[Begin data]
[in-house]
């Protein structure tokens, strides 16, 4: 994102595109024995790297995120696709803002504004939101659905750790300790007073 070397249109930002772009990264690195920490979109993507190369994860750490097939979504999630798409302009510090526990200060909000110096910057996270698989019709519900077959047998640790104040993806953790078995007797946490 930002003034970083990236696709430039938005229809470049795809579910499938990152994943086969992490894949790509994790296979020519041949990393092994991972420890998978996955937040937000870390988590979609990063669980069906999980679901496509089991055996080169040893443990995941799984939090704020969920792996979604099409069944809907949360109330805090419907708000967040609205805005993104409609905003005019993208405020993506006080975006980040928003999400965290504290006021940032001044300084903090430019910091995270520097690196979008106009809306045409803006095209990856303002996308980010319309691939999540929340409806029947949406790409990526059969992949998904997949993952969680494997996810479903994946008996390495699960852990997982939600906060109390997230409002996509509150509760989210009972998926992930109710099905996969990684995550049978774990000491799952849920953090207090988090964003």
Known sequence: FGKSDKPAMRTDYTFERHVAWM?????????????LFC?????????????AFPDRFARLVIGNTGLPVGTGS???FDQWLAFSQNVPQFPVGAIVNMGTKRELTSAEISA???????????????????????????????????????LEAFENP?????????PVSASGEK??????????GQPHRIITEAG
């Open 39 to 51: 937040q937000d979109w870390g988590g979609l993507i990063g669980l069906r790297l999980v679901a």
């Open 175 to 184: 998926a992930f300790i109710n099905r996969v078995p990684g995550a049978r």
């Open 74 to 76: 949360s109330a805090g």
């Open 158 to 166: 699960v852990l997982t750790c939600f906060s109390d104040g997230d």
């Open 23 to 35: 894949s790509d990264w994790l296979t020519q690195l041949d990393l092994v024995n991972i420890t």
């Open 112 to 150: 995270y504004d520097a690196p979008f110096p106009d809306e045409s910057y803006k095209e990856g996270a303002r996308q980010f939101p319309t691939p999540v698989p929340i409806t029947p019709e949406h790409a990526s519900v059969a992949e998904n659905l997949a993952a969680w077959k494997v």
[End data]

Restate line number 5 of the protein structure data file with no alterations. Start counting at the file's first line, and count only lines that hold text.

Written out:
């Open 175 to 184: 998926a992930f300790i109710n099905r996969v078995p990684g995550a049978r």